The German dancer, choreographer, and teacher Mary Wigman (1886-1973) is considered one of the founders of the modern dance movement.
Mary Wigman was born Marie Wiegmann on November 13, 1886, in Hanover, Germany. The daughter of a manufacturer, Wigman obtained her secondary education at schools in Germany, England, and Switzerland. During a visit to Amsterdam she attended a dance performance by students of Emile Jaques-Dalcroze, originator of the system of musical instruction known as eurythmics. The experience instilled in Wigman an awareness of dance as an expression of life.
Despite the objections of her parents, Wigman enrolled in Jaques-Dalcroze's school in Dresden-Hellerau in 1911. The system of rhythmical gymnastics taught there became too rigidly academic and too confining for her because it forced dance to play a secondary role to music. On the advice of the German expressionist painter Emil Nolde she went to Ascona, Switzerland, in 1913 to enroll in the summer course given by Rudolf von Laban, whose theories helped pave the way for the modern dance movement. She remained with the Laban school—through the summer sessions in Switzerland and the winter sessions in Munich— until 1919 and served for a time as Laban's assistant. In 1914 she gave her first student solo performance.
After leaving the Laban school, Wigman went into solitude in the mountains of Switzerland. She worked intensively, creating dances and developing her unique expressionist or "absolute" style of dance, which was independent of any literary or interpretive content. She called this dance style "New German Dance," partly to express its break with the sterility of the prevailing classical ballet and partly to reaffirm ancient principles of the dance as an expression of human passions and aspirations.
In 1919 she gave her first professional solo concert in Berlin, followed by performances in Breman and Hanover. These concerts were poorly received, but later that year she won acclaim from audiences and critics in Hamburg, Zurich, and Dresden, and her reputation began to be established. By the mid-1920s Wigman became known as the leading exponent of the new "Ausdruckstanz," or Expressionist Dance, in Germany.
In 1920 Mary Wigman opened a school in Dresden, which soon became the focal point of German modern dance. At the school she trained dancers and experimented with choreography. Among her pupils were Holm, Georgi, Palucca, Wall, and Kreutzberg. These dancers also appeared in her dance troupe, which made its first public appearance in 1923. During the following years she toured extensively, alone and with her troupe. She made her London debut in 1928 and her triumphant U.S. debut in 1930, followed by two more U.S. tours between 1931 and 1933. Although Wigman's style was often characterized as tense, introspective, and sombre, critics of the time described the quality of ecstasy and radiance to be found beneath even her "darkest" compositions.
In her early performances Wigman danced at times to no music at all or to the accompaniment of flutes or percussion instruments, such as African drums, Oriental gongs, or cymbals. Later she had music composed to accompany the movements of her individual dances—a new approach to dance accompaniment that proved to be widely influential.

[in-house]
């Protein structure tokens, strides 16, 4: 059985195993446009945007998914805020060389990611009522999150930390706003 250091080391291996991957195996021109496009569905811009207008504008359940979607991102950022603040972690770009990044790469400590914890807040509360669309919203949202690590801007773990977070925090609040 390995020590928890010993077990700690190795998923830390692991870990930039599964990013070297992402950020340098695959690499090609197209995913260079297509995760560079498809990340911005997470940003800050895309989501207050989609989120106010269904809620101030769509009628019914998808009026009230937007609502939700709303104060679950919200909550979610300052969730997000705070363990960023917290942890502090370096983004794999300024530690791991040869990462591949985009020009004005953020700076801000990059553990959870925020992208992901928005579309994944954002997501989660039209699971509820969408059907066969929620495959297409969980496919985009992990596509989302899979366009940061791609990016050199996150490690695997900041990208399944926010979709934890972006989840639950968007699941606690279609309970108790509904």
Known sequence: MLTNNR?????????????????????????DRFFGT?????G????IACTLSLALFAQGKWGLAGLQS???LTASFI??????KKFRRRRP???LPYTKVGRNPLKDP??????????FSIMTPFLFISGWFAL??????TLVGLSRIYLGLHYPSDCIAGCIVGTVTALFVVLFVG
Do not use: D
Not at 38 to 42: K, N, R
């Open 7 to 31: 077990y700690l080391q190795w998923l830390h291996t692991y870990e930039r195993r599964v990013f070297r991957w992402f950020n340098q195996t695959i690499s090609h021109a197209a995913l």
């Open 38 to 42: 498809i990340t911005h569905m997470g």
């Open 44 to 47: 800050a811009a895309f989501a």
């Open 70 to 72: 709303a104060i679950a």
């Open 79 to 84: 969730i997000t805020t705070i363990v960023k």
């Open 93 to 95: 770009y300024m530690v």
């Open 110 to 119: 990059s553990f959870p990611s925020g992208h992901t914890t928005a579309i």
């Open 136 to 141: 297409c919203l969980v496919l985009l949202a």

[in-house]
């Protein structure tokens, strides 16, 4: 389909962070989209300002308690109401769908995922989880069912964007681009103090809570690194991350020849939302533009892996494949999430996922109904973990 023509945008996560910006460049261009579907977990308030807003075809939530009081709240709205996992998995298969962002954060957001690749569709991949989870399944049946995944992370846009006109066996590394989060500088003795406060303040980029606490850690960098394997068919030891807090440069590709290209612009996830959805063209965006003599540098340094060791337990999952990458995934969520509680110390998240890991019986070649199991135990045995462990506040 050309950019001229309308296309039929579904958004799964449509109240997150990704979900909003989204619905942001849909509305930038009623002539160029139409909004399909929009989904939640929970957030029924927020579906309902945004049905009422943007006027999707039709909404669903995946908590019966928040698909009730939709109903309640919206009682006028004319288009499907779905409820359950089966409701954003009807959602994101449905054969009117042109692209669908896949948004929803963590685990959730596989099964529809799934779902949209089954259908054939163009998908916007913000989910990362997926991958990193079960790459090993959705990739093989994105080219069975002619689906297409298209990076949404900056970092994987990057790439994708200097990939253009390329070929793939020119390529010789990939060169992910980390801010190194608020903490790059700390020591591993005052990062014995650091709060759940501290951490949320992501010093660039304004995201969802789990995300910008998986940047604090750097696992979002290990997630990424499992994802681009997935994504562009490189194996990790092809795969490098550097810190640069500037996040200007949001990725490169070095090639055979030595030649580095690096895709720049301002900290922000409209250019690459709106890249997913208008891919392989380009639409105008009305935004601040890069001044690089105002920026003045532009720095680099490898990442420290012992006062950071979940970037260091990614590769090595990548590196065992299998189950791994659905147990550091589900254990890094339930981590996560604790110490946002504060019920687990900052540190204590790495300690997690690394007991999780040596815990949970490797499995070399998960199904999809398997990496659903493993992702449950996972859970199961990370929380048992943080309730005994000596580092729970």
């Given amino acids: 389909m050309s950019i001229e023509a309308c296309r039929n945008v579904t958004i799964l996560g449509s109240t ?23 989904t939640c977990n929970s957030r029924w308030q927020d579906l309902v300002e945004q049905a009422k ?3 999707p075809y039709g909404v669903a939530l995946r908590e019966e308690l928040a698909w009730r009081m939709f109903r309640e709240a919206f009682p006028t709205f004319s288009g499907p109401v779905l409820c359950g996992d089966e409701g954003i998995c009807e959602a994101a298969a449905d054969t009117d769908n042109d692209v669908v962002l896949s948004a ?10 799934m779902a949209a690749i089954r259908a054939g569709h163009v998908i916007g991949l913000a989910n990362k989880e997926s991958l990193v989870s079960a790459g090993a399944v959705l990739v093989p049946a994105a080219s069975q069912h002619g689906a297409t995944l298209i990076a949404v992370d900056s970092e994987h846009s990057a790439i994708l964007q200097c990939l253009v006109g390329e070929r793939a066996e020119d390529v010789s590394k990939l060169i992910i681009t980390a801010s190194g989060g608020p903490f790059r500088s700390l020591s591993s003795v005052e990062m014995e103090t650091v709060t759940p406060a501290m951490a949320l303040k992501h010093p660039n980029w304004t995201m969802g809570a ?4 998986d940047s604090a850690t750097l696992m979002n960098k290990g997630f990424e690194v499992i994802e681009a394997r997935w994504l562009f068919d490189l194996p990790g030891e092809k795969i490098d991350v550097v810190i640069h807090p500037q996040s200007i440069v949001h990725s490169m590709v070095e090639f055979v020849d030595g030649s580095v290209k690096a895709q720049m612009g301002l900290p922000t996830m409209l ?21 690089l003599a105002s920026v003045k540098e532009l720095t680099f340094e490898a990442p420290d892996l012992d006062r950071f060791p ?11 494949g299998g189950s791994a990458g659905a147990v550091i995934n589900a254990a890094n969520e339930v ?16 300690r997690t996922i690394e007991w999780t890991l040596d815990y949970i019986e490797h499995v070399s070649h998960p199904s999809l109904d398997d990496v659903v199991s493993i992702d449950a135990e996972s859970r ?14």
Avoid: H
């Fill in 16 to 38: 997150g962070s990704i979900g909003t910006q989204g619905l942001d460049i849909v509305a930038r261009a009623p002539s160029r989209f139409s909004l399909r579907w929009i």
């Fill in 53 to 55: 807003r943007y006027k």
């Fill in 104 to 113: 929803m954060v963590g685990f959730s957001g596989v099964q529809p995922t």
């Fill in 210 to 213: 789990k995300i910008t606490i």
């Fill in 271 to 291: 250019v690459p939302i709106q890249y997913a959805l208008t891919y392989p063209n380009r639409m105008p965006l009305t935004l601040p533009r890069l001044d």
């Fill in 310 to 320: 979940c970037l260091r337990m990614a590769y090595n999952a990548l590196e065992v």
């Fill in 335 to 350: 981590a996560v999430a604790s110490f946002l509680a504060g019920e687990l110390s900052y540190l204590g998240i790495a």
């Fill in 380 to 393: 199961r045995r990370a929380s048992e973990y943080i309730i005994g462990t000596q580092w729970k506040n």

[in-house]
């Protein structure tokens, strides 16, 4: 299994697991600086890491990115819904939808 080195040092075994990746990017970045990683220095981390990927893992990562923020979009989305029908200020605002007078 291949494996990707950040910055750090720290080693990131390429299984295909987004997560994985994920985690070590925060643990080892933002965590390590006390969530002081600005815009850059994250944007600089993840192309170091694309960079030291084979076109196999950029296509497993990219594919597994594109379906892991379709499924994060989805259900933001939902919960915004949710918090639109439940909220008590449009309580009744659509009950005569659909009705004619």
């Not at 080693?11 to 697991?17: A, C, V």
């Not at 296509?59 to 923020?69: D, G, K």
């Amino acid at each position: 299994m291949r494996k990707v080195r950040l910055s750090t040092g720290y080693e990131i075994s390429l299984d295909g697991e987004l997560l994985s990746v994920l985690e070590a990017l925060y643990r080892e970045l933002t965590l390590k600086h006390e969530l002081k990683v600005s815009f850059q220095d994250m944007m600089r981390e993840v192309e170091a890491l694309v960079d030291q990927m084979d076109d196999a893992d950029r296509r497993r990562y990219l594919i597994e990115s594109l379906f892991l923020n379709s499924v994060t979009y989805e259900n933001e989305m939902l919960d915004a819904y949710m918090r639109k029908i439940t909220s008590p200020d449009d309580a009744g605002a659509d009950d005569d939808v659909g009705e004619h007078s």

Offshoots of her Dresden Central School were set up all over Germany, and in the United States by Hanya Holm. In addition, educational authorities prescribed her dance training for the public schools. She had become the center of a national movement and was honored officially in the early 1930s by the German government.
The Nazi authorities, however, considered her to be a leftist and her dances to be decadent. They took her school away from her, but allowed her to teach in Leipzig during World War II. The last work in which she appeared as a soloist was "The Dance of Niobe" (1942), in which she danced the title role.
After the war ended Wigman continued to work in Leipzig under Soviet occupation until 1949, when she fled to West Berlin. She opened a school there which became a meeting place for modern dance enthusiasts from all over the world well into the 1960s. Her last public appearance as a dancer was in 1953. During the 1950s she also worked as a guest choreographer. Her most important productions for German opera houses include Handel's "Saul" (Mannheim, 1954), Orff's "Carmina Burana" (Mannheim, 1955), and Stravinsky's "Sacre du Printemps" (Municipal Opera, Berlin Festival, 1957).
Mary Wigman was a major influence on American modern dance, largely through the work of Hanya Holm and other disciples who kept alive, developed, and extended her concepts.
Biographical material on Wigman can be found in Hanya Holm, "The Mary Wigman I Know," in Walter Sorell, editor, The Dance Has Many Faces, 2d ed. rev. (1966), and in Ernst Scheyer, "The Shape of Space: The Art of Mary Wigman and Oskar Schlemmer," Dance Perspectives (1970). Wigman's own writing includes The Language of Dance, translated by Walter Sorell (1966); The Mary Wigman Book, edited and translated by Walter Sorell (1975); "The New German Dance," in Virginia Stewart and Merle Armitage, editors, The Modern Dance (1935 and 1970); and "The Philosophy of Modern Dance," in Selma Jeanne Cohen, editor, Dance as a Theatre Art (1974).
Manning, Susan, Ecstasy and the demon: feminism and nationalism in the dances of Mary Wigman, Berkeley: University of California Press, 1993. □